Table 2 Complications and type of vascular access

Intradialytic complications

Out of the total 573 HD sessions analyzed, 176 (30.7%) involved one or more intradialytic complication. Hypotension was the most commonly encountered intradialytic complication occurring in nearly 10% of the sessions followed by nausea and vomiting (5.24%), hypertension (5.06%), muscle cramps (4.71%), and headache (4.54%) (Fig. 1). Other complications such as back pain, chest pain, fever, chills and itching occurred in less than 3% of the sessions. Half of the intradialytic complications occurred in patients with diabetes (Table 3). There were 3 hypoglycemic events, all of which in diabetic patients.

Fig. 1
figure 1

Fequencies of intradialytic complications

Table 3 Intradialytic complications stratified by diagnosis

The cases of IDH were stratified by cause of ESRD and more than half of the cases were associated with diabetes (Table 4). Among the 57 cases of IDH, 49 (86%) occurred in those who took a meal prior to the session and 8 (14%) in those who came without eating just before the session. Eating during dialysis was also associated with 45 (79%) of IDH events. The instances of IDH increased with an increase in ultrafiltration volume per session as shown in Fig. 2. Out of the 30 events of nausea and vomiting, 13 (43%) were associated with hypotension.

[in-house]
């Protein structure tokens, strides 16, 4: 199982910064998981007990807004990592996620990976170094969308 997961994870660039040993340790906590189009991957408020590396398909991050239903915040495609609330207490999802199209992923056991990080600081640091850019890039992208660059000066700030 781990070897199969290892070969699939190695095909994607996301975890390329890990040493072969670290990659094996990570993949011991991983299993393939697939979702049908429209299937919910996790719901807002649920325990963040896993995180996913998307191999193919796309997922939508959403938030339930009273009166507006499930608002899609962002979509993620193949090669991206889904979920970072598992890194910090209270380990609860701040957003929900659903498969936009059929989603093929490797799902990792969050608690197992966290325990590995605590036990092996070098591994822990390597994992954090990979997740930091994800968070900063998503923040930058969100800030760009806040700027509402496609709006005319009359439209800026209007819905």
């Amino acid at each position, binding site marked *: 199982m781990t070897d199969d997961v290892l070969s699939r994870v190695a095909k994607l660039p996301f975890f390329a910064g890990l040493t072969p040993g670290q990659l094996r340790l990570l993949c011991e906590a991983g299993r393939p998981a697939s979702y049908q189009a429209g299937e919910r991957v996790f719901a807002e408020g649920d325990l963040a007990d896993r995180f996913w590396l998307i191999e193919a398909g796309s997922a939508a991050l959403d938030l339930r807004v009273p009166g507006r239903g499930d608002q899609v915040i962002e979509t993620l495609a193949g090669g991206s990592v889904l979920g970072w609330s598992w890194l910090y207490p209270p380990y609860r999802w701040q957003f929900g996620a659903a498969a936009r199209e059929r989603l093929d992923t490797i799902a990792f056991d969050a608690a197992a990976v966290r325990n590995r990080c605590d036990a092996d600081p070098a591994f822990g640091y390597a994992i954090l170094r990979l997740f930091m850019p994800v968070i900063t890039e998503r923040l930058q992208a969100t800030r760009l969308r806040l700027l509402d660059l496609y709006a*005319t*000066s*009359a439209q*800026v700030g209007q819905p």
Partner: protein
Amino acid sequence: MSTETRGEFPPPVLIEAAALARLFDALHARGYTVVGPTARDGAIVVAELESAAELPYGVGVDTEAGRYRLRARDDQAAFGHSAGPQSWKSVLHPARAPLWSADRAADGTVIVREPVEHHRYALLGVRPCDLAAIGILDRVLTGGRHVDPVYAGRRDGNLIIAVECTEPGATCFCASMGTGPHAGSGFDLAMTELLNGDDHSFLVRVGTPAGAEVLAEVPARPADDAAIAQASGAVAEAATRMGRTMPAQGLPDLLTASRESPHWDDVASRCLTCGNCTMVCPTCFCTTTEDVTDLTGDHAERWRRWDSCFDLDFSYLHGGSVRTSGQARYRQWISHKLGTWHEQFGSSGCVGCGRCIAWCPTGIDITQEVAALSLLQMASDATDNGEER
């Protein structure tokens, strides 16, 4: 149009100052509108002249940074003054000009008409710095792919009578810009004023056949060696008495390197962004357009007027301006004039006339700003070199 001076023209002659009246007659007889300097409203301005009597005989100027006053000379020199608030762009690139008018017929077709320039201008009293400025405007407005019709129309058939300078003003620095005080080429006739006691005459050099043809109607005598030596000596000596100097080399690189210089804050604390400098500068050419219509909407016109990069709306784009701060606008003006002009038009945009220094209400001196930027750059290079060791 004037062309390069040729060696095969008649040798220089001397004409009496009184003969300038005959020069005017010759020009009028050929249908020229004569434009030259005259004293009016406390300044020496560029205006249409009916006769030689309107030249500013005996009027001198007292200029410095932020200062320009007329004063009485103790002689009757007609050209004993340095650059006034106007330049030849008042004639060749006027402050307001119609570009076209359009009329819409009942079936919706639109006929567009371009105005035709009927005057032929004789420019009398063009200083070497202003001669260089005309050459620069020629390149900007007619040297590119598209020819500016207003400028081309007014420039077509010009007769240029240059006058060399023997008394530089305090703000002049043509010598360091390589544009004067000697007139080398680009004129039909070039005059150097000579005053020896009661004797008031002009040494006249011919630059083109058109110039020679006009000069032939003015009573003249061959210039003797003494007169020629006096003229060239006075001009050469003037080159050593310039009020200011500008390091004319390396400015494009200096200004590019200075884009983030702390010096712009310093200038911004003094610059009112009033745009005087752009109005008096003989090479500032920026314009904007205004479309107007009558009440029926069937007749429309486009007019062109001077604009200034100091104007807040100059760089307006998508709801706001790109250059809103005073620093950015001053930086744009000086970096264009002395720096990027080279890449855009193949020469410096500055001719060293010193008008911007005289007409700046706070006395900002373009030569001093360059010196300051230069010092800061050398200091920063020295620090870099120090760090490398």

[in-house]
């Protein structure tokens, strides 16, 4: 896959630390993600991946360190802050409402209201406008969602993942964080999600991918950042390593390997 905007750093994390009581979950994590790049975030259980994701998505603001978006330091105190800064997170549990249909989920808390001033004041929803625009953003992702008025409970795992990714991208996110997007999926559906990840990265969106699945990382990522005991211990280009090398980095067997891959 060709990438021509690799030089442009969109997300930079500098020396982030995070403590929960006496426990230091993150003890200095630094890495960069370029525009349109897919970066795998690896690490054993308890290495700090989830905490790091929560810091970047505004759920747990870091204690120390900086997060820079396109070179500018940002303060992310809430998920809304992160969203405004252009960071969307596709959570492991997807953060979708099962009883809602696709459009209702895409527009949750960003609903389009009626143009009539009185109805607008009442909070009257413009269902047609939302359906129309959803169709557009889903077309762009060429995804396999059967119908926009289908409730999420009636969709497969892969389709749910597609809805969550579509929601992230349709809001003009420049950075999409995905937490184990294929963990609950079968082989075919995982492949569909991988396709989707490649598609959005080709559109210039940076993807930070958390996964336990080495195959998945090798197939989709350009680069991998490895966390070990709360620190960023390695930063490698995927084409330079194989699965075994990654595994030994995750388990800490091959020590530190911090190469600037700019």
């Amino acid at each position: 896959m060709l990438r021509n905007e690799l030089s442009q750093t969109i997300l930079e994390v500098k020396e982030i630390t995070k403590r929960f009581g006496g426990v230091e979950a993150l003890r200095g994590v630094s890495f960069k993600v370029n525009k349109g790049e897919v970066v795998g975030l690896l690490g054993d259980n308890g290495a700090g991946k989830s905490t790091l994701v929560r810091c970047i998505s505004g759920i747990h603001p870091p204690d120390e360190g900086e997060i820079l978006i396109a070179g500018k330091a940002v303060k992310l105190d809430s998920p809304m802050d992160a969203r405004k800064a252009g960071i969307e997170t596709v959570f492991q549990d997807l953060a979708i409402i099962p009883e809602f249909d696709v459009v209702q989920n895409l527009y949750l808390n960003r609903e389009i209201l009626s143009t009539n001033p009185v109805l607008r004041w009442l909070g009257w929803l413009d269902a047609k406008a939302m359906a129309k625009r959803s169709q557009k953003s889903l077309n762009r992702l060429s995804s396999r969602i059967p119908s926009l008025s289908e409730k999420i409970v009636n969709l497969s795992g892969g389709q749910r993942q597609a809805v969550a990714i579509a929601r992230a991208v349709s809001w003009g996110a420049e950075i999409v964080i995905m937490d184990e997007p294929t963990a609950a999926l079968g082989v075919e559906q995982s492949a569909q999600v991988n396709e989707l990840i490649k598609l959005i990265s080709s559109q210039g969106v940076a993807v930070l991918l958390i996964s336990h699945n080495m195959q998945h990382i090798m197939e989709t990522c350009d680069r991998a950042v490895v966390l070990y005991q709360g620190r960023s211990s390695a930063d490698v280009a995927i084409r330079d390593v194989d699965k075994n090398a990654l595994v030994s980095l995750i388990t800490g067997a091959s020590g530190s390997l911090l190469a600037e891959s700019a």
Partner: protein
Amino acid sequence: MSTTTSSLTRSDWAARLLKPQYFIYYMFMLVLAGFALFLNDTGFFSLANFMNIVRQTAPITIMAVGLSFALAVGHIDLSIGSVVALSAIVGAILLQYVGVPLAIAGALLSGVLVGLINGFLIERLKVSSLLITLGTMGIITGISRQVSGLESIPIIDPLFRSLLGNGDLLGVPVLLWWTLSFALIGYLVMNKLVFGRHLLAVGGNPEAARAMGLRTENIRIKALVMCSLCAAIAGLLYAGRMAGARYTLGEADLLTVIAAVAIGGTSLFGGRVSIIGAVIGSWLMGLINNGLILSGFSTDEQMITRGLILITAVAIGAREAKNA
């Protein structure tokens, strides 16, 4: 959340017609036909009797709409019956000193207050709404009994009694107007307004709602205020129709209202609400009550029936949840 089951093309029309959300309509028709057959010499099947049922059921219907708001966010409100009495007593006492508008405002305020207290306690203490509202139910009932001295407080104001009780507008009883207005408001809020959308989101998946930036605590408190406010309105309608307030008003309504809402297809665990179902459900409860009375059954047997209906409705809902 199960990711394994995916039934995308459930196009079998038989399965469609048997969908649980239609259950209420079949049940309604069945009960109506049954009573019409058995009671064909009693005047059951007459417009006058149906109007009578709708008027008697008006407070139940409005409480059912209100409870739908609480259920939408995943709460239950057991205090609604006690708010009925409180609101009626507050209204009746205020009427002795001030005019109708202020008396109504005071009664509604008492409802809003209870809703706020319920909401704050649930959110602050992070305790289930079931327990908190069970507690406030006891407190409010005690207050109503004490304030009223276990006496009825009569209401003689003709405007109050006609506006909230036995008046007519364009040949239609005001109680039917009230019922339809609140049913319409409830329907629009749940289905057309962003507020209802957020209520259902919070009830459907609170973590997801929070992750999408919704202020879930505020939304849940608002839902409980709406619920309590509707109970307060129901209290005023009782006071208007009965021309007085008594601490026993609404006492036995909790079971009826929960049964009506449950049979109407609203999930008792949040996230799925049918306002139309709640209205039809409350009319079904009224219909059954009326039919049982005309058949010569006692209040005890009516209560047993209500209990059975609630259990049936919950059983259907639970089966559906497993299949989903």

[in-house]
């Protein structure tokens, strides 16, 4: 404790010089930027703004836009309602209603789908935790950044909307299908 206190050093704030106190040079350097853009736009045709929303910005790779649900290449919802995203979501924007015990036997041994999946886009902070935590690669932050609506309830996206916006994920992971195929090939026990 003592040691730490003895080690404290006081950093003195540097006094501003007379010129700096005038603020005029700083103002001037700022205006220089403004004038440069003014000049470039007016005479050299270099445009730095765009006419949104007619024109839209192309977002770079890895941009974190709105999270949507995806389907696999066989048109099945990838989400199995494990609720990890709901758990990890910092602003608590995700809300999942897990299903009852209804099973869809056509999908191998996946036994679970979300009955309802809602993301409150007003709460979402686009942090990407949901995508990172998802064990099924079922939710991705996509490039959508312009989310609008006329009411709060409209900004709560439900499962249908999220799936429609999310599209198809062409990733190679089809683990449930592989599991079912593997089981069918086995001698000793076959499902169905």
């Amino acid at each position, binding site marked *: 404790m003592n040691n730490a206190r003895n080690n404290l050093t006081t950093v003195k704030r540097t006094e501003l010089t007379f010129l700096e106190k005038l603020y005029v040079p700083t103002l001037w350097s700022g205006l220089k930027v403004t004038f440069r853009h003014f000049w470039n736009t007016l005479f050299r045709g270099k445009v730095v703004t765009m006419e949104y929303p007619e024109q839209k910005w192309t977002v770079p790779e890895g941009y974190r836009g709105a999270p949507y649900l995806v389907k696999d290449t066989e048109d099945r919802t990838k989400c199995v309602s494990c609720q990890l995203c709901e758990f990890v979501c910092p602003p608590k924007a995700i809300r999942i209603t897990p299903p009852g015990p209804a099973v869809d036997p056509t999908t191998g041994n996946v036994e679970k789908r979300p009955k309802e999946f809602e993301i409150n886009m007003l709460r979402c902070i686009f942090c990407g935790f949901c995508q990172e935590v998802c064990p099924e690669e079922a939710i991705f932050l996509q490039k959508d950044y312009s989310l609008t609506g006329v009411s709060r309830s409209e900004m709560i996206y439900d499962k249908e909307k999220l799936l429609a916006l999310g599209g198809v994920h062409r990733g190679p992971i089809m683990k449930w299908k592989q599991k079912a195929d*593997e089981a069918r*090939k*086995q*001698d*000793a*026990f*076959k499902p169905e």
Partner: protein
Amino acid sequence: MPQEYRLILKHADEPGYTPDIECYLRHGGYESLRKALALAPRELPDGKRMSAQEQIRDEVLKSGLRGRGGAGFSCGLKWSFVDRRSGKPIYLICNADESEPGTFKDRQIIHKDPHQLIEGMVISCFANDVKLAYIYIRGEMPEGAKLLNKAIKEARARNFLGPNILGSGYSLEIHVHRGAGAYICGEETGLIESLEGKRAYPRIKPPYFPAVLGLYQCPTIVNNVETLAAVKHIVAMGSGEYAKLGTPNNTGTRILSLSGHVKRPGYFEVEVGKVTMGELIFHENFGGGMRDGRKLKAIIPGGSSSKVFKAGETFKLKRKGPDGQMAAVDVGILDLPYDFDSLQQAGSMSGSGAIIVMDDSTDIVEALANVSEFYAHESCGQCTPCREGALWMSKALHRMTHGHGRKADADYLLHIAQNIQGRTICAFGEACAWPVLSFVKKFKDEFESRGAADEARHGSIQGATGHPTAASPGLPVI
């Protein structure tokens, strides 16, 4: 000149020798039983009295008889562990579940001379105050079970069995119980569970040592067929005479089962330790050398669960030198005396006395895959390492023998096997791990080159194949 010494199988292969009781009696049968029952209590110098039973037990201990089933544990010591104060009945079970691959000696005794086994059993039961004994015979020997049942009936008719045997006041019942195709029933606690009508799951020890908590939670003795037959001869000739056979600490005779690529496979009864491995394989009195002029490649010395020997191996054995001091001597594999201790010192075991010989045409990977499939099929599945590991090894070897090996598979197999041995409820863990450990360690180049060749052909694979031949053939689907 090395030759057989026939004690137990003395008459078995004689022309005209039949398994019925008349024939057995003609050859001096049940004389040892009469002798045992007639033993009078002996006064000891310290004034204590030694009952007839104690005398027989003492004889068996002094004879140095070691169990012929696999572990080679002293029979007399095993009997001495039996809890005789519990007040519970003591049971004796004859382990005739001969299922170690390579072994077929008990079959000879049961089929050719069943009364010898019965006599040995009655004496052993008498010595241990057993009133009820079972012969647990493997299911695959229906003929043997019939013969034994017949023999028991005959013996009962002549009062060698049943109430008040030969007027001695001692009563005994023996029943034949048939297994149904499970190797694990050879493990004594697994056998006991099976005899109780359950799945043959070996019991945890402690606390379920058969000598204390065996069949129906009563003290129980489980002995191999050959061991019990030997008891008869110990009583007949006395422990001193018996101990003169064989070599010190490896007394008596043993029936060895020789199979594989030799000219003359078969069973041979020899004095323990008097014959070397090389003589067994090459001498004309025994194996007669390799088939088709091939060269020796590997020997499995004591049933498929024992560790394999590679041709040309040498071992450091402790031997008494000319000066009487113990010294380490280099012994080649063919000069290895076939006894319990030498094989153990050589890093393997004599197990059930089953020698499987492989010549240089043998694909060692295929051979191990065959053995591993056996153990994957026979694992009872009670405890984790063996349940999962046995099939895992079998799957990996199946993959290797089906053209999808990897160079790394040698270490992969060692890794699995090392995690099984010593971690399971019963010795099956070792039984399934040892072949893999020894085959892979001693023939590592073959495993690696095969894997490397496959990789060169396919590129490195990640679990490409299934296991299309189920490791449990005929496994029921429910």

Table 4 Intradialytic hypotension stratified by diagnosis
Fig. 2
figure 2

Trend of intradialytic hypotension with ultrafiltration volume

The intradialytic complications were analyzed according to the type of vascular access of the patients. When seen as subgroups, the highest percentage of complicated sessions was in those with tunneled central line, where 58 (53.7%) out of 108 HD sessions were complicated (Table 2).

Patients’ outcome

All the HD complications were successfully managed within the dialysis unit. There was no death immediately associated with intradialytic complication. Throughout the study period, 3 (10%) out of the 29 patients died. The causes of death were decompensated heart failure, decompensated chronic liver disease and severe septicemia. The causes of ESRD in two of them were diabetic nephropathy and one with hypertensive nephropathy. These 3 patients were undergoing HD using central line catheters — 2 with a temporary femoral line and 1 with a tunneled subclavian line.